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Your name dot com -- free, with a few catches


September 27, 1999
Web posted at: 1:59 p.m. EDT (1759 GMT)

By Robin Lloyd
CNN Interactive Senior Writer

(CNN) -- Looking for a free boost to your ego or small business?

A Silicon Valley company is pre-registering people who want a free Web site with a personalized domain name. The service should be up and running in late November.

It's the ultimate Net exposure and relatively few individuals have taken advantage of the handful of other services that offer free domain name registration, allowing users to avoid the $70 start-up cost of registering with Network Solutions.

The Domain Game

"We're delivering on what we believe may be the stickiest service ever on the Internet," said Dan Hoffman, chief executive officer of

Stickiness is the Internet buzzword that refers to a Web site keeps you hanging on, clicking through links on the site and coming back for more.

The glue, or catch, with iDirections' NAMEzero service is a "personalized portal" service that comes with your domain name -- a "home on the Web," Hoffman calls it, that offers content, community features and commercial opportunities.

That service could include advertisements akin to those that barrage visitors to GeoCities sites, target for e-commerce offers, set up sub-domains or "channels" for corporate sponsorship and give iDirections a slice of any e-commerce action that your portal offers.

Generally, it costs $70 up front to register a domain name with Network Solutions Inc. for the first two years.

Hoffman's company will do the registering for you with NSI, getting an interim wholesale discount of $18 for two years. The service comes with a free POP e-mail account with an address based on your domain name, instant messaging and Web address hosting.

It also allows users to wrap in the work they may already have done setting up an e-mail or Web presence.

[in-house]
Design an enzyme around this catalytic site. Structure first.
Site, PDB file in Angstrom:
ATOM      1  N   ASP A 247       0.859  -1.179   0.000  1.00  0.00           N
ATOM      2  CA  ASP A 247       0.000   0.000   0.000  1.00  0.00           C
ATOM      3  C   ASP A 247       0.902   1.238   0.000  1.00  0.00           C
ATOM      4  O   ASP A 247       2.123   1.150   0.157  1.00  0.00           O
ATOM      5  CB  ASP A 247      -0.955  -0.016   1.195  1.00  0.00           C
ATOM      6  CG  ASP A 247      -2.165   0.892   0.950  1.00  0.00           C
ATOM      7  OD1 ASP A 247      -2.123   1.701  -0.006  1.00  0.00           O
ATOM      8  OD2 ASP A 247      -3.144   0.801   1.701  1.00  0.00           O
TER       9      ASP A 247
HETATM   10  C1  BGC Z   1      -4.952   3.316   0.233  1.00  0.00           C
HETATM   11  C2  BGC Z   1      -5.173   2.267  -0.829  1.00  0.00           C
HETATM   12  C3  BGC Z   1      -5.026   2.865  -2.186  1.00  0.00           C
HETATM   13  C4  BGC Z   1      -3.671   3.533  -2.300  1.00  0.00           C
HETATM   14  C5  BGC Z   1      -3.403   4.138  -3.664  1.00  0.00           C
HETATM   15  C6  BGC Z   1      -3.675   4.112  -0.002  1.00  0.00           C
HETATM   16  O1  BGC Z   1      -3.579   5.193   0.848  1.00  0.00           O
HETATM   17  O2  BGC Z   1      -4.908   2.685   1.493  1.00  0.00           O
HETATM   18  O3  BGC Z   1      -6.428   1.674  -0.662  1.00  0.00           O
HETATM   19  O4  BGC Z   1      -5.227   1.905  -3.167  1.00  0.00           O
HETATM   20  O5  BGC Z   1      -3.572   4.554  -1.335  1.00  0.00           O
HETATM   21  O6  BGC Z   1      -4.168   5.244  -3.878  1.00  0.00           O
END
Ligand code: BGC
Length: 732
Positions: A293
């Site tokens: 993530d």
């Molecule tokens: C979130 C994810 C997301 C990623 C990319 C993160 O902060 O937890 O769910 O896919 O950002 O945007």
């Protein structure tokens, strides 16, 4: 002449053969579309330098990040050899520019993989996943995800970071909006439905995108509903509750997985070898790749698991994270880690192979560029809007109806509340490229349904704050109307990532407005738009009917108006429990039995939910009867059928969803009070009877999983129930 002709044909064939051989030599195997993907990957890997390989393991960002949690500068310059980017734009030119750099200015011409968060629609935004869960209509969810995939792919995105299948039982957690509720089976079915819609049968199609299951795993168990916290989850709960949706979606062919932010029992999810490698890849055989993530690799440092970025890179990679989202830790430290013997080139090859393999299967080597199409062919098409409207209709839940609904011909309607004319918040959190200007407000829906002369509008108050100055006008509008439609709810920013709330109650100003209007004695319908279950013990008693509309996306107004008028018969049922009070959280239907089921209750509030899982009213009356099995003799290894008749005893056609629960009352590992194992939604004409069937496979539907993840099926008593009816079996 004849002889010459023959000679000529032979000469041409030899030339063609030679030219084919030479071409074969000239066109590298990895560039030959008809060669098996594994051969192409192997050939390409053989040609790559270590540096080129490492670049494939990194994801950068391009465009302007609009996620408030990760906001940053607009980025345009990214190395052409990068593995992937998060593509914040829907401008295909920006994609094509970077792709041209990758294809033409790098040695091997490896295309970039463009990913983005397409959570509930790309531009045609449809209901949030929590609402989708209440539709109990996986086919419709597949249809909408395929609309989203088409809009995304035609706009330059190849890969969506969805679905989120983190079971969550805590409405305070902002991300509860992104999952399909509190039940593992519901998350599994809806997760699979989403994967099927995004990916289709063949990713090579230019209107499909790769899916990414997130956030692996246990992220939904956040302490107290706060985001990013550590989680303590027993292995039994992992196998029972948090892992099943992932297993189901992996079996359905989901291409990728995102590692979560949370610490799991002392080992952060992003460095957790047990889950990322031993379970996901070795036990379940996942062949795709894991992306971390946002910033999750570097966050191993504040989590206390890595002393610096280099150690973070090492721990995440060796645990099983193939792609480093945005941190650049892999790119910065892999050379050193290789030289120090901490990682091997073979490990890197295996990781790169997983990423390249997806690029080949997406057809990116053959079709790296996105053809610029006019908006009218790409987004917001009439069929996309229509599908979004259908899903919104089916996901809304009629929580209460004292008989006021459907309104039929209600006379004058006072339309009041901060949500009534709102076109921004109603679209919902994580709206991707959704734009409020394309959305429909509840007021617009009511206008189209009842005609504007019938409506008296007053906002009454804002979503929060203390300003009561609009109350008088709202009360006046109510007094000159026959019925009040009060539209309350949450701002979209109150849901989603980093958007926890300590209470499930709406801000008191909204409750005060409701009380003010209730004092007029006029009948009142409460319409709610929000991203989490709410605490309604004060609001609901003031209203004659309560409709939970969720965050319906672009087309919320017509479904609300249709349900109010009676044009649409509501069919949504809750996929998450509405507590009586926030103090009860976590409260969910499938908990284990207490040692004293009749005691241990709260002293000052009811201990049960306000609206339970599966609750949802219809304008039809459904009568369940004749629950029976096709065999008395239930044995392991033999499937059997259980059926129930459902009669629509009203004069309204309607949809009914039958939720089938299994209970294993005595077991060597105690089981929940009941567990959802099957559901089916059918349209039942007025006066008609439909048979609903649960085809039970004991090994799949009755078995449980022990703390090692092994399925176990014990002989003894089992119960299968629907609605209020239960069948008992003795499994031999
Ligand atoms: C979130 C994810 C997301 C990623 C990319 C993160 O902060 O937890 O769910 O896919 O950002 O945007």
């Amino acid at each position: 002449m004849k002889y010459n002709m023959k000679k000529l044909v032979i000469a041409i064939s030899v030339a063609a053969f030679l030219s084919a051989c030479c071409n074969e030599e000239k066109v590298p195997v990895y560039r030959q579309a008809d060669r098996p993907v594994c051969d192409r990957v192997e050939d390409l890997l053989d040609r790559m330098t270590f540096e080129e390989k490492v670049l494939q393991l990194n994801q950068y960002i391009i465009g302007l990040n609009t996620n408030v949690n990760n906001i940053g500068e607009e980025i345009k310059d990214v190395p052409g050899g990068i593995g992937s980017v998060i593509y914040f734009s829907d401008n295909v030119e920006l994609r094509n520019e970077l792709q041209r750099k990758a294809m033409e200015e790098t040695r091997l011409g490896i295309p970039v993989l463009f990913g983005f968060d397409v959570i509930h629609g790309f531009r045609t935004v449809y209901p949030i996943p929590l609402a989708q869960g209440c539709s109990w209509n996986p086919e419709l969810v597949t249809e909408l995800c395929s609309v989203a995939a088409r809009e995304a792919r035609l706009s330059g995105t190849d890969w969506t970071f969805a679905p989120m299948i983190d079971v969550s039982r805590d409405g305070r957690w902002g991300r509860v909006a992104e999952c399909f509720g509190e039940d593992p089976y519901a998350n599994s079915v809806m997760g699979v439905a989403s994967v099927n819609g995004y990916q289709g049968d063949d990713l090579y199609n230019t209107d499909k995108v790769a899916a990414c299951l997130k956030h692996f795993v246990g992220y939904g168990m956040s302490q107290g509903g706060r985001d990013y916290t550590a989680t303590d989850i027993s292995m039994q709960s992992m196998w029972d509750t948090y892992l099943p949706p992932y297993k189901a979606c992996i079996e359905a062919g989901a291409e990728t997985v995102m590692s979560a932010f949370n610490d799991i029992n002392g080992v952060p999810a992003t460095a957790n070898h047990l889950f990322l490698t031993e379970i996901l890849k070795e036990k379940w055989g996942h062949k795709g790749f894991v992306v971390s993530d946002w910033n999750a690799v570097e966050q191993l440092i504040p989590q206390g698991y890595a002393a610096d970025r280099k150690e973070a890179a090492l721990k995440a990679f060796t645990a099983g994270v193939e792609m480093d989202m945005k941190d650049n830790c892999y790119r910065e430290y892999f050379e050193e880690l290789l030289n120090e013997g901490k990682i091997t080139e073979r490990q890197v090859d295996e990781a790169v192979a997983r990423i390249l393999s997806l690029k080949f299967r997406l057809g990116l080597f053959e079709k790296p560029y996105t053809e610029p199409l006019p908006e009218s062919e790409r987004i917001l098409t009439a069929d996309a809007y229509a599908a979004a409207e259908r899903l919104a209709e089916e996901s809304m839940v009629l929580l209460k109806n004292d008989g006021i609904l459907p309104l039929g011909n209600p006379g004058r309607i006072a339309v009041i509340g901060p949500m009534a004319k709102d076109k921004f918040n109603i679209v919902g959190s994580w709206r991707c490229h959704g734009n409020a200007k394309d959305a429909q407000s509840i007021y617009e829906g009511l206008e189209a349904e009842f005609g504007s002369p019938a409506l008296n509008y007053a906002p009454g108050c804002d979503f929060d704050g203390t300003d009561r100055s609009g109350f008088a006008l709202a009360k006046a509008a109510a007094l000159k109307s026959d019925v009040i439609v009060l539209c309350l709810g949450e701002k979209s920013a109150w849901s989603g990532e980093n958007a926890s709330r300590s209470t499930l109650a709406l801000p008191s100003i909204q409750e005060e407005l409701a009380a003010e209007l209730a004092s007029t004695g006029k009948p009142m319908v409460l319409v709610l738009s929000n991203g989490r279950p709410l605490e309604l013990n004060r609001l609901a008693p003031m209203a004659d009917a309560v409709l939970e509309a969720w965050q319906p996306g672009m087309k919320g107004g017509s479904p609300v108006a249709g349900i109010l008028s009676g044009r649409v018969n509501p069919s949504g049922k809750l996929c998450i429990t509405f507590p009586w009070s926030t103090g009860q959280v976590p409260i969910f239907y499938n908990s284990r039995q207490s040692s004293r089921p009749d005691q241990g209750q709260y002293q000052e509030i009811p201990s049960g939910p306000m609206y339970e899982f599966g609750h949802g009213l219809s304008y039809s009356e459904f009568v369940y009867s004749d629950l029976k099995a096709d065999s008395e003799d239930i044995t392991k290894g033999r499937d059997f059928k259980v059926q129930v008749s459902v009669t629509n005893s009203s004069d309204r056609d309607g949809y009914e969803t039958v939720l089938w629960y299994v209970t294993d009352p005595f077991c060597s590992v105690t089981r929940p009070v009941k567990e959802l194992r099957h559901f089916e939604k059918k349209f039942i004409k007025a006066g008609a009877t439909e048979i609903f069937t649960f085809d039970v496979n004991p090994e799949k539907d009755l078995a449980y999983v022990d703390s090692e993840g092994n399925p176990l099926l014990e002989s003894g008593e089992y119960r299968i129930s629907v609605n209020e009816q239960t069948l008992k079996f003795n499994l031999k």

The competition

Some country-level domain names -- .ca for Canada and .eu, a general European name -- offer free registration, though those are targeted at non-profit organizations and businesses. Other companies offer free services as well, including domain names and Web redirection.

NAMEzero will compete more directly with Xoom, Homestead and GeoCities, as well as personalized portal services like MyYahoo and MyMSN, wrapping more services into one.

NSI spokeswoman Cheryl Regan said the deal her company offers still is the "best bargain on the Internet." NSI has registered more than 5 million domain names.

"I wouldn't expect that to be the wave of the future," she said of iDirections' offer.

Less than 1 percent of the hundreds of millions of people on the Internet have personal domain names, they say. iDirections takes aim at that market -- consumers, small businesses, home users.

"All the good names are taken only for popular surnames and business names," iDirections President Bruce Keiser said. "You put people's last and first names in, and all of a sudden everything is available."

His company could close the gap between the between 10 million domain names registered worldwide and the some 140 million people who go online worldwide.

The company is an accredited registrar with ICANN, or the Internet Corporation for Assigned Names and Numbers, which aims to promote competition in the market for domain name registration services, said Mike Roberts, interim president of ICANN.

The business plan for NAMEzero is to build up to 1 million members in the next nine months, with high sign-up numbers more crucial than the frequency with which folks use their portal service. Still, Keiser wants people to start their browsing day with NAMEzero.

"We hope that portal is the first place they go to when they get on the Internet every day," Keiser said.

RELATED STORIES: braces for competition
September 24, 1999
Domain-name tests extended again
September 14, 1999
Porsche revs up to become master of its domain
September 7, 1999

ICANN (Internet Corporation for Assigned Names and Numbers)
Network Solutions
Internet Council of Registrars
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